By SUSANNE GÜSTEN
ISTANBUL — On the night of July 12, 1960, tanks rumbled into Urfa, the military imposed a curfew on the town, and armed troops cordoned off the shrine of Abraham at the heart of the city.
As the town in southeast Turkey held its breath, soldiers forced their way into the shrine, smashed open a marble tomb with sledgehammers and removed a shrouded body. The body was lifted onto an army truck, driven along heavily guarded streets to an airfield outside town, loaded onto a military plane and never seen again.
The date was six weeks after the Turkish coup d’état of 1960, in which a military junta had seized power in Ankara. This was the first of a series of coups that was to rack the country for the rest of the century.
The body was that of Bediuzzaman Said Nursi, a charismatic Islamic scholar, whose grave had been drawing thousands of pious mourners to Urfa since he had been laid to rest there in March of that year.
“The military rulers were afraid that Nursi would become a symbol of dissent, his grave a shrine to anti-Kemalism,” Ihsan Yilmaz, an expert for Turkish Islam at Fatih University in Istanbul, explained in an interview last week.
The ploy of removing his body worked in the short term, Mr. Yilmaz said, as followers were discouraged from openly showing their support for the teachings of a man who had clashed with the founder of the republic, Mustafa Kemal Ataturk, over the role of religion in society.
But in the long run, it did not work. Through his writings, collected in the “Risale-i Nur,” or “Epistles of Light,” and clandestinely photocopied and distributed by his students, Mr. Nursi’s ideas continued to resonate in Turkey, inspiring a uniquely Turkish Islamic identity and a powerful faith-based movement that shapes the country’s society and politics to this day.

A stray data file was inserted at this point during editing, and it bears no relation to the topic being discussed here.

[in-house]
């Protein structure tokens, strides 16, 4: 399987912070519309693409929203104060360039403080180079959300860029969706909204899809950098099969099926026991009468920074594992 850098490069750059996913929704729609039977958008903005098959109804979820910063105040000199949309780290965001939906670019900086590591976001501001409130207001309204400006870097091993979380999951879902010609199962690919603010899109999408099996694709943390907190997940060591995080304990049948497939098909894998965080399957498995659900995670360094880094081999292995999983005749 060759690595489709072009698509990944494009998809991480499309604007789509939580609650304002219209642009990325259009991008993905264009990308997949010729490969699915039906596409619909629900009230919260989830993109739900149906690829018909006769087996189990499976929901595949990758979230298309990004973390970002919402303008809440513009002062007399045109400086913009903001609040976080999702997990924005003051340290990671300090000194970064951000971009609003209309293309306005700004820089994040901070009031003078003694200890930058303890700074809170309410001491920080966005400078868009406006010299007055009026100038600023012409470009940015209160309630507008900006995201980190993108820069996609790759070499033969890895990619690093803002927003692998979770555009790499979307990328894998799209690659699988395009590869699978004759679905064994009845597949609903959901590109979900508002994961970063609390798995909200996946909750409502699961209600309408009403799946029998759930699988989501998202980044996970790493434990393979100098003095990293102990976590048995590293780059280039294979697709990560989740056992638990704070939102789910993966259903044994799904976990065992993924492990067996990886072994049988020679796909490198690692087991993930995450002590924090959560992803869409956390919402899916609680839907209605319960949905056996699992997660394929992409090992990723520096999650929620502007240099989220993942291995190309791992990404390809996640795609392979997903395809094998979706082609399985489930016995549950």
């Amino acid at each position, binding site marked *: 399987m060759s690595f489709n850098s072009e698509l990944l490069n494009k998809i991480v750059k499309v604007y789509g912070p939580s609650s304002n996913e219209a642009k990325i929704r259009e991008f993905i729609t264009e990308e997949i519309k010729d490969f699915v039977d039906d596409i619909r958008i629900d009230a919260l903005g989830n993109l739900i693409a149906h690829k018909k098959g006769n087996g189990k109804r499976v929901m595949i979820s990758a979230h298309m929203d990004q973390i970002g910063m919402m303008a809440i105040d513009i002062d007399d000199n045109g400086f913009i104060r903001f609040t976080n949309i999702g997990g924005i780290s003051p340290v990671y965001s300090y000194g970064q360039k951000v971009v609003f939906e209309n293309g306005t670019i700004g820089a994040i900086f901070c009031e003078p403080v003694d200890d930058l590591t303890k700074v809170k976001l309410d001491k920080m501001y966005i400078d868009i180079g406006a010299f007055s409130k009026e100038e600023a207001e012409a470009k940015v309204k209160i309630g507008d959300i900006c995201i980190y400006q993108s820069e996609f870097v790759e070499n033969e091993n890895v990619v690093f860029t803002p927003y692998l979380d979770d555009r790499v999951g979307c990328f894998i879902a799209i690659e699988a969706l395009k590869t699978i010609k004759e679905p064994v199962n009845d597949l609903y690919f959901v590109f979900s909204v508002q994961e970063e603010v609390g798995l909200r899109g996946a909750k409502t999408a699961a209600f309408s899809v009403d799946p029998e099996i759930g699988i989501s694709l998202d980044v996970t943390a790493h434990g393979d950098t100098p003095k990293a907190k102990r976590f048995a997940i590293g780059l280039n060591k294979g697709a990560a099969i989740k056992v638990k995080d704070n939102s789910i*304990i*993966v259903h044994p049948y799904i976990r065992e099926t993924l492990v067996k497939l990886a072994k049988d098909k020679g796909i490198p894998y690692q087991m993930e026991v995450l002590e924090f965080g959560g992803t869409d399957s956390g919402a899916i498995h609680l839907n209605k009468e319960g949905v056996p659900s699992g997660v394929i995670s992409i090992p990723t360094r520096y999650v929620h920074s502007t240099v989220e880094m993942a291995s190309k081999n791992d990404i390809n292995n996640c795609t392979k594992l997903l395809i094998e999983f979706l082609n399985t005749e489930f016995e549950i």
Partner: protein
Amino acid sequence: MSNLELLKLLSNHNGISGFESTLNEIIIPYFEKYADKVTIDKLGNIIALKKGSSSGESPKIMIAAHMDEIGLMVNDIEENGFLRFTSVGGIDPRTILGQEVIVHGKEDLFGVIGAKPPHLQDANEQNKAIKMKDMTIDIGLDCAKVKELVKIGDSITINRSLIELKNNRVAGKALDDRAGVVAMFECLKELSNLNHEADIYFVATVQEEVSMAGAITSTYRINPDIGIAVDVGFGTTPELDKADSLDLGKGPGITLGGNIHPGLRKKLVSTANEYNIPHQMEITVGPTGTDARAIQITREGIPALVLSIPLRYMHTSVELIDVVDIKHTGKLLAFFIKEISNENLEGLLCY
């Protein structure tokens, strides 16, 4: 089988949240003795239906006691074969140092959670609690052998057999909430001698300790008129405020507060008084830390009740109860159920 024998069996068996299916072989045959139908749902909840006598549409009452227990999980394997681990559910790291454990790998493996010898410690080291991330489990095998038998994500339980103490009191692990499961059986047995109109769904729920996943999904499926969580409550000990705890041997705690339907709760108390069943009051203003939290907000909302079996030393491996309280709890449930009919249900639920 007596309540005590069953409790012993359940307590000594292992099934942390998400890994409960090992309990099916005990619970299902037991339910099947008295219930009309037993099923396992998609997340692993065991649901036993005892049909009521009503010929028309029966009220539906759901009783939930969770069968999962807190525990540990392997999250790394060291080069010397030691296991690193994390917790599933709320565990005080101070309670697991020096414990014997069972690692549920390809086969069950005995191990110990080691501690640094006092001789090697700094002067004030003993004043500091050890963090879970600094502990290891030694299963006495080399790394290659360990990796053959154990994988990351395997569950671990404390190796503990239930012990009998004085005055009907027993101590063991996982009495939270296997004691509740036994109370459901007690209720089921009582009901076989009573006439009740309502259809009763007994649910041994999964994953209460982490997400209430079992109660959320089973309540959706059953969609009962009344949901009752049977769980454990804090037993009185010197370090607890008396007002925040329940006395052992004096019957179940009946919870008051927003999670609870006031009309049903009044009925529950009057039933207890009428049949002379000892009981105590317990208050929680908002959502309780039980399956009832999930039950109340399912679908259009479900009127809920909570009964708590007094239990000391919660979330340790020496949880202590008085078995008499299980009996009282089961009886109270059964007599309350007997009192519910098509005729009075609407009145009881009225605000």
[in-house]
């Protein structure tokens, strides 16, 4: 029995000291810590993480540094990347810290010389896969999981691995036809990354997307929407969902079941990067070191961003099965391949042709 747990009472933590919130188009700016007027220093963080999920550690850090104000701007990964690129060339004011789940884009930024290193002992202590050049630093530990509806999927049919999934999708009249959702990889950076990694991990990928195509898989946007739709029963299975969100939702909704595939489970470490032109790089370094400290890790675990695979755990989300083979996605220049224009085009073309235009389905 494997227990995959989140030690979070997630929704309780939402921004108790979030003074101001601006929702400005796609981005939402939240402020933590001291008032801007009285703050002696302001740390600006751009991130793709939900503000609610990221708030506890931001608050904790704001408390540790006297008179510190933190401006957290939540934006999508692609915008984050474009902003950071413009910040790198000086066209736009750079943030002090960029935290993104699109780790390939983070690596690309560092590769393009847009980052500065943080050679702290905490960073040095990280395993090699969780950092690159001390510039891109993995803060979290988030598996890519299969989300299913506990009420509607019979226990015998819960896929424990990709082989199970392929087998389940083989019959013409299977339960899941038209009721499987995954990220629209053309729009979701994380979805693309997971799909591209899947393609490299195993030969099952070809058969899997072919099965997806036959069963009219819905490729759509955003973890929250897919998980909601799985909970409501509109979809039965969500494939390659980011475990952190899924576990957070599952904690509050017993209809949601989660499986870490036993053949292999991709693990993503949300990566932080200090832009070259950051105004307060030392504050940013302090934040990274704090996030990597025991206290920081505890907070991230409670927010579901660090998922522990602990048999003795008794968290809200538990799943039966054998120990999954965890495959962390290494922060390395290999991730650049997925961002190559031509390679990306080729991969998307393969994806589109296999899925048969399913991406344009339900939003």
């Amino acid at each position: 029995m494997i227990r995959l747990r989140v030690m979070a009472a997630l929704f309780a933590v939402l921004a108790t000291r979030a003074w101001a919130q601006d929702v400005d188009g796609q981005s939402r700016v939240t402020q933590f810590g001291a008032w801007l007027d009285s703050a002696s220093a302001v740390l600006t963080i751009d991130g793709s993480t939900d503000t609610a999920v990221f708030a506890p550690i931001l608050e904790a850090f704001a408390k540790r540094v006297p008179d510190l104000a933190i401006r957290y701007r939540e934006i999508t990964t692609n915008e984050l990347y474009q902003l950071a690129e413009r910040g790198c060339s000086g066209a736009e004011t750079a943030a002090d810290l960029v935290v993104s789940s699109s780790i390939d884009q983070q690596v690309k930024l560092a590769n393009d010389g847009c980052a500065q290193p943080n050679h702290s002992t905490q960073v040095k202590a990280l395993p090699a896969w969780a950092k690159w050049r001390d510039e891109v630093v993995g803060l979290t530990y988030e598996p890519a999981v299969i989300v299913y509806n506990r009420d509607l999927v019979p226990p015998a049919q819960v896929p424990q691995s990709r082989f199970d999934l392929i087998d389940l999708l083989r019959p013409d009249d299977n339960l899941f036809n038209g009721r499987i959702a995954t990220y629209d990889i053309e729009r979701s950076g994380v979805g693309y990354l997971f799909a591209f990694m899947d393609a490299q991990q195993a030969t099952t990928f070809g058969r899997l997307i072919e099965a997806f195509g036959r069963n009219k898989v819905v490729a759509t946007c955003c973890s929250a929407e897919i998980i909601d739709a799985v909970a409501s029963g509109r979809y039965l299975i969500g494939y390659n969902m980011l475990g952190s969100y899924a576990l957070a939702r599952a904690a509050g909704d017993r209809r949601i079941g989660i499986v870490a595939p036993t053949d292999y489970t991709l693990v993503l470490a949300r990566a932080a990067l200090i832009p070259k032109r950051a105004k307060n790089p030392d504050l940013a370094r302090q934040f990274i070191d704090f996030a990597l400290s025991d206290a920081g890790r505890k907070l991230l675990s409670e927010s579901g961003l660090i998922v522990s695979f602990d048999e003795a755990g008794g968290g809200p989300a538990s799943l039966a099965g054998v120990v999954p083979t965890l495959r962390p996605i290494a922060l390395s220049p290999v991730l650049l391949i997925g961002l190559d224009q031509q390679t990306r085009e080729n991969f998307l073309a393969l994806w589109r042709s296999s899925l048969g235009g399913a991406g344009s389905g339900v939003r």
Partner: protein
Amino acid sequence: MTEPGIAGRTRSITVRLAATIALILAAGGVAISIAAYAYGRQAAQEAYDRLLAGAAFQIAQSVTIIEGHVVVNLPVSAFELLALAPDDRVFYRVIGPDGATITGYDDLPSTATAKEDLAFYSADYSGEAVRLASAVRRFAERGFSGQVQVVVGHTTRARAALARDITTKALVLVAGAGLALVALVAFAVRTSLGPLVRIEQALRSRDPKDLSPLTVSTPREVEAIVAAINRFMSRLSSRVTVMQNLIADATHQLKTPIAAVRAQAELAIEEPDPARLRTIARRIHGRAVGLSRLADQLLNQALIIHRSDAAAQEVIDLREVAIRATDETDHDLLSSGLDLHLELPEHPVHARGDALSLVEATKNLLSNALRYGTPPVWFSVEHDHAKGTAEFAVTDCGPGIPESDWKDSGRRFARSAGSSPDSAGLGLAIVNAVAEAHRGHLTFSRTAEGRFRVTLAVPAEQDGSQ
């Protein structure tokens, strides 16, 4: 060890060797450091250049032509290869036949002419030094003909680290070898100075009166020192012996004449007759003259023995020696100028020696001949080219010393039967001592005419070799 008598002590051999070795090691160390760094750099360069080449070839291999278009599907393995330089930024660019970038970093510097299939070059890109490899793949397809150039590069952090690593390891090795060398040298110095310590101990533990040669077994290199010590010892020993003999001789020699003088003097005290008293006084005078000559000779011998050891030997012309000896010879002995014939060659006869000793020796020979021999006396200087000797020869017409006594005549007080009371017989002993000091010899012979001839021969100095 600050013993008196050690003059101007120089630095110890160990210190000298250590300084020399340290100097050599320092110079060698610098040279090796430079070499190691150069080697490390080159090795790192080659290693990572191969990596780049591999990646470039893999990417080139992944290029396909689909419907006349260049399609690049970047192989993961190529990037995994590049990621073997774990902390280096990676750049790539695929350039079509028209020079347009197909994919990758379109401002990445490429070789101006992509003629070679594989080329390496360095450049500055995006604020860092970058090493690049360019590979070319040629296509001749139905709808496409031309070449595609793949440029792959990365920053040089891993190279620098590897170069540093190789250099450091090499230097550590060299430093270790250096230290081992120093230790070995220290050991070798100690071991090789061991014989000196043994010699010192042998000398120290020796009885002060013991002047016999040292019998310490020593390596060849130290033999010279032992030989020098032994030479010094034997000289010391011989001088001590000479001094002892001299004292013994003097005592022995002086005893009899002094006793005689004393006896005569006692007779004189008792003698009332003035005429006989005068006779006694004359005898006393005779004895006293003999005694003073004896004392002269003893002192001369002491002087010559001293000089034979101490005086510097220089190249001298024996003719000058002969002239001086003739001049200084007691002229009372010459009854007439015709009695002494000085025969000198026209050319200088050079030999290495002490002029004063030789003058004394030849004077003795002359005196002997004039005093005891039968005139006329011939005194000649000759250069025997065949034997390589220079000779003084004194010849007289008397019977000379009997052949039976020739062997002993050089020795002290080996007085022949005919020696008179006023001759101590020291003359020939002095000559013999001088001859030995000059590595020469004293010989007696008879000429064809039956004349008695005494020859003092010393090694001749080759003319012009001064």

“It is no exaggeration to say that Nursi is the most influential theologian of the Turkish Republic,” Mustafa Akyol, another expert on Turkish Islam, said in an interview in Istanbul.
Now, with the shadow of the military removed from the country and immunity from prosecution for all its dealings lifted by a popular referendum two years ago, a parliamentary commission investigating the coups has called for Mr. Nursi’s secret grave to be revealed at last.
The call was included in a list of recommendations issued by the commission in its final report this month, along with more obvious measures such as subjecting the armed forces to democratic control, purging school curriculums of militaristic ideology, and renaming streets and buildings that were named for coup leaders.
“The state owes Nursi an apology,” Selcuk Ozdag, a member of Parliament for the ruling Justice and Development Party, or A.K.P., and member of the commission, said by telephone from Ankara. Finding the body was “vital to reconciliation between the people and the state,” he added.
To this end, the commission interrogated surviving members of the 1960 junta and searched the state archives for information about Mr. Nursi’s final resting place. But Ahmet Er and Numan Esin, who sat on the 38-member junta and are now aged 85 and 83, told the commission that even they had not been privy to that information.
Only Alparslan Turkes, a former junta member who died in 1997, had known, Mr. Er said in his testimony. And neither police records nor the archives of the prime minister’s office or local governors’ offices turned up any clues as to the whereabouts of the remains, the Interior Ministry reported to the commission.
“We will not leave it at that, we are going to find that information, because it is documented somewhere,” Mr. Ozdag vowed.
The coup commission has recommended that Parliament follow the issue up in a new committee charged with righting the wrongs of the coup era, he said.
The hearings have triggered a popular quest for Mr. Nursi’s grave, with new witnesses coming forward in the media and contributing pieces to the puzzle.
On television, one such witness, a former editor of the Hurriyet daily, this month recounted a night of tension and turmoil at the Afyon Air Base, where he was serving as a recruit at the time and where the plane carrying Mr. Nursi’s remains is thought to have landed.
“A noncommissioned officer later told me they had buried a body near the highway between Afyon and Isparta that night,” the witness, Erol Turegun, said.
via Turkey Seeks a Spiritual Leader’s Secret Grave – NYTimes.com.
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